I've been experimenting a bit with this tool to control my surround receiver from my htpc and I have got it to work with telnet. But if I change the port config to raw, I can still connect using netcat, but I get no response. I run the command like this:
./ser2net -C "2000:telnet:600:/dev/ttyUSB0:9600 NONE 1STOPBIT 8DATABITS
-XONXOFF -LOCAL -RTSCTS" -d
And on the other side I tried both manually running commands with netcat or just sending them like this:
echo @VOL:1\r | nc -v spongebob 2000
Connection to spongebob 2000 port succeeded!
As you see, I get a connection, but nothing happens. The surround receiver does not alter the volume. But as I said, it works fine with telnet. Any ideas?
I have no idea. Well, I have some ideas, but nothing terribly definitive.
telnet does some negotiation up-front; perhaps there is a delay in telnet and that makes it work? You can try '(sleep 2; echo xxxx) | nc -v …..
Also, when talking using telnet, you should really use the '-t' option to "nc".
Beyond that, I don't know. Could you try hooking something to the serial port to see the output in both cases? Perhaps that would be helpful.
Ok, I will try sleeping a bit and see if it helps.
I've been using the telnet command when using the telnet protocol, didn't know that netcat had an option for that too. Nice to know!
Not sure if I have any computer with a serial port that I could read from. Is there any way to fake a serial port in linux that I could use with ser2net, just to debug? Could I get it to use stdout in some way?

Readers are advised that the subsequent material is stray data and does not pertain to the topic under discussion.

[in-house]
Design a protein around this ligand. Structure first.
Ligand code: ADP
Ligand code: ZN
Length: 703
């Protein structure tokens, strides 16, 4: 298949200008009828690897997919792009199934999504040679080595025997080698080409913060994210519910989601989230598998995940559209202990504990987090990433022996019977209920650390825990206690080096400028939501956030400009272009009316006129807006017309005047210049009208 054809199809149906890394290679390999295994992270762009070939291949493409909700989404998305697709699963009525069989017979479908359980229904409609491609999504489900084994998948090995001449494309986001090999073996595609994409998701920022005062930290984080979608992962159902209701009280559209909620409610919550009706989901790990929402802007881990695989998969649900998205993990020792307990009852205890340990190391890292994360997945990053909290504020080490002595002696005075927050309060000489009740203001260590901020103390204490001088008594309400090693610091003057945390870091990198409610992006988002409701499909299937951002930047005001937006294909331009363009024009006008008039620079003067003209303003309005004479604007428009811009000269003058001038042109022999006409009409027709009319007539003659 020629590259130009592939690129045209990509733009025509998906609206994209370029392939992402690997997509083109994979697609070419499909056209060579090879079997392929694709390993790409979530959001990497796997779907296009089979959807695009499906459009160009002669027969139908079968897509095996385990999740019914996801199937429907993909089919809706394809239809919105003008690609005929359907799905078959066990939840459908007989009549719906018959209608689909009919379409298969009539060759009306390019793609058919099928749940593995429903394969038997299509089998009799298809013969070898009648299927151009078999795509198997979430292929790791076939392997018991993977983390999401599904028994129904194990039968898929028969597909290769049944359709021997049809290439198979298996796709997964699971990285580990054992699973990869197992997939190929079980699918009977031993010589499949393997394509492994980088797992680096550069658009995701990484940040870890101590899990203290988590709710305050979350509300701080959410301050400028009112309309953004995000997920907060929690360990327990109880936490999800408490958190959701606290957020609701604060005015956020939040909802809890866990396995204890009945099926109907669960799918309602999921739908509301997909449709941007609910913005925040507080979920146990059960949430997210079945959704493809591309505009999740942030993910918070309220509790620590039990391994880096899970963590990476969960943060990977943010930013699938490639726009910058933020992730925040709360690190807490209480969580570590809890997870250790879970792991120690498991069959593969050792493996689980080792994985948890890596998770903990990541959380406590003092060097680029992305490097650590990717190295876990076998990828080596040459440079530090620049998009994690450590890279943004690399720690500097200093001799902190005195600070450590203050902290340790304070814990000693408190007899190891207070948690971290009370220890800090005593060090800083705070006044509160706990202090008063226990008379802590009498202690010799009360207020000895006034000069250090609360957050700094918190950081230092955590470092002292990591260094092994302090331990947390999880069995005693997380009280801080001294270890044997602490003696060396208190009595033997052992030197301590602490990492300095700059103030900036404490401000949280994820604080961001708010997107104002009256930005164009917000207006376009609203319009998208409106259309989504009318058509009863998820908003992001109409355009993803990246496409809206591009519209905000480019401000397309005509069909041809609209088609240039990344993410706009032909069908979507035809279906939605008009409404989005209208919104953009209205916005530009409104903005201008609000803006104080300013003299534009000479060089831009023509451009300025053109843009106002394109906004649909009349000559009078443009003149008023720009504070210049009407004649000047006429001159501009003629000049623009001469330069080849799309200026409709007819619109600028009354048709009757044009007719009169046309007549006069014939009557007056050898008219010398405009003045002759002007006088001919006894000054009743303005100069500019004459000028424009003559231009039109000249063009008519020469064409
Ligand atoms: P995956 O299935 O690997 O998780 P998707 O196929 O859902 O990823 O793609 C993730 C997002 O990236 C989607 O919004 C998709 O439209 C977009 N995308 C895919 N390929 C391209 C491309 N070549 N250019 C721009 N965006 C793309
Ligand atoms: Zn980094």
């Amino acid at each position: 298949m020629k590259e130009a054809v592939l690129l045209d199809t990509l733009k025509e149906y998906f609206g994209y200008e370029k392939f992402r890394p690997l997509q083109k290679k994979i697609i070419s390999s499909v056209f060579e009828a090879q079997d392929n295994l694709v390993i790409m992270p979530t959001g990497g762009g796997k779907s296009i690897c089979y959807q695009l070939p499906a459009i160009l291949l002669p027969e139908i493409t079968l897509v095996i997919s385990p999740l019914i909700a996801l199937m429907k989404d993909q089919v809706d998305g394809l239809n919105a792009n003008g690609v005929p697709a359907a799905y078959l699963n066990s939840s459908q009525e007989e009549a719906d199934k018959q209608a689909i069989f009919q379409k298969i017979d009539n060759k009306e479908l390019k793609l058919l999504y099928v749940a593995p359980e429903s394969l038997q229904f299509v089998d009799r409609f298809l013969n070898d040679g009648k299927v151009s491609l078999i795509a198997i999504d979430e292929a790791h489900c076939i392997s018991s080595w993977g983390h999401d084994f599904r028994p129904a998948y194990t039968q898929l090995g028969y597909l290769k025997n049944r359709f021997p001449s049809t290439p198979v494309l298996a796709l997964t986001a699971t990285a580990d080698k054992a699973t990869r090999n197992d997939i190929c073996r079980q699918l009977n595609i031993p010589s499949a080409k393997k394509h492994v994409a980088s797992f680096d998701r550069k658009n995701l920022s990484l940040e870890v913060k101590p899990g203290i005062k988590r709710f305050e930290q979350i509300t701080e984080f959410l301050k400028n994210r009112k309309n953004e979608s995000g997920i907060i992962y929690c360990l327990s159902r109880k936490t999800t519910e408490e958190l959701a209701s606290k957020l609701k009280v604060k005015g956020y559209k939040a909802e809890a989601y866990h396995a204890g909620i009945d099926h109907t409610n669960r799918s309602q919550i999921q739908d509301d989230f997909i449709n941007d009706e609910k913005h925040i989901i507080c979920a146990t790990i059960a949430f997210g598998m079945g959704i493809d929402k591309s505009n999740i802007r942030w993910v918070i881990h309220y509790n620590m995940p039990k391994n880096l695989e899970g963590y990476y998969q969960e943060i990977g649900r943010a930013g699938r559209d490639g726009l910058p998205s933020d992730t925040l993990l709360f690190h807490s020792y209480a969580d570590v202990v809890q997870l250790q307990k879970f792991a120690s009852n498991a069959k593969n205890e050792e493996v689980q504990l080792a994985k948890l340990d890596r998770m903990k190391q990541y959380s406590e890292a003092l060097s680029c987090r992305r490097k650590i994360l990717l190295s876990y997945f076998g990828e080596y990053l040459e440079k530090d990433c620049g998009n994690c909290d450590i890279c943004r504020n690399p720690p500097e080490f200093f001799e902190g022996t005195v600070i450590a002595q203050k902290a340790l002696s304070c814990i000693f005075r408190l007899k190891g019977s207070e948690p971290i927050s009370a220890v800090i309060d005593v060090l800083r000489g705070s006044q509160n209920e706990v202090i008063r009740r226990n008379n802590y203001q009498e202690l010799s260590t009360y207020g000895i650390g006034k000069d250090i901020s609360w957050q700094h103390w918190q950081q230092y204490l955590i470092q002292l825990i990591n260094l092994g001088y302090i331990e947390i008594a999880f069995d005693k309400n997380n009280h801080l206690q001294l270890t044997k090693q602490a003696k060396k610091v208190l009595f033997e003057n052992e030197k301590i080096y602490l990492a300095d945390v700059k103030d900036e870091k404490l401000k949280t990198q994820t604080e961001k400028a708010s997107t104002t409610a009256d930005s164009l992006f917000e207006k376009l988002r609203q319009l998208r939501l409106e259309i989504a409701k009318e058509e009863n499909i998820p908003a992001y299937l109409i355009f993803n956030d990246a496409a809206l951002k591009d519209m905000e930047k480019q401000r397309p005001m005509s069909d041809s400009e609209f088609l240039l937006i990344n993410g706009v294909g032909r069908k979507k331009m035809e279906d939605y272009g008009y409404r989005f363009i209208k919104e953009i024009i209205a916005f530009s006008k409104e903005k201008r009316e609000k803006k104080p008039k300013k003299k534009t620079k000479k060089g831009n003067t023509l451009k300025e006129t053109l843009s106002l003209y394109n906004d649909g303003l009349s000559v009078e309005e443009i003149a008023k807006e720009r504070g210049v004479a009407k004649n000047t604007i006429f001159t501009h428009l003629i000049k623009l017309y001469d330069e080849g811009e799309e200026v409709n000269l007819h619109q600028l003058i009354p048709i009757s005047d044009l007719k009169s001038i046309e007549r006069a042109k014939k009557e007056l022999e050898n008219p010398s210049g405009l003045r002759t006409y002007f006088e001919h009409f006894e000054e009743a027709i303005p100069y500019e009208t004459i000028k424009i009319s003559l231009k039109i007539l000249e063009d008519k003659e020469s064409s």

You could simulate a serial port, but I'm pretty sure it wouldn't have the same effect. Actually, ser2net has some tracing facilities if you set up a control port. That was you could monitor what was being sent. Perhaps nc is defaulting to telnet mode now and sending extraneous characters at the beginning as part of the telnet negotiation.
Ok, how to I enable this tracing you say? That would be really great. I'm considering writing a python script for this instead, just because it's easier to debug.
It's in the man page. Basically, use "-p <port#>" to create the control port. Then telnet to the control port and type "monitor tcp <port>" to monitor your port.
Thank you, that really helped! There were two problems apparently. I couldn't use port 2000 for some reason (even though I am root), but port 20000 worked and I could then see the other problem while monitoring. I forget the -e parameter for echo so that it escaped my \r. Now everything works fine! Thanks a lot for your help!
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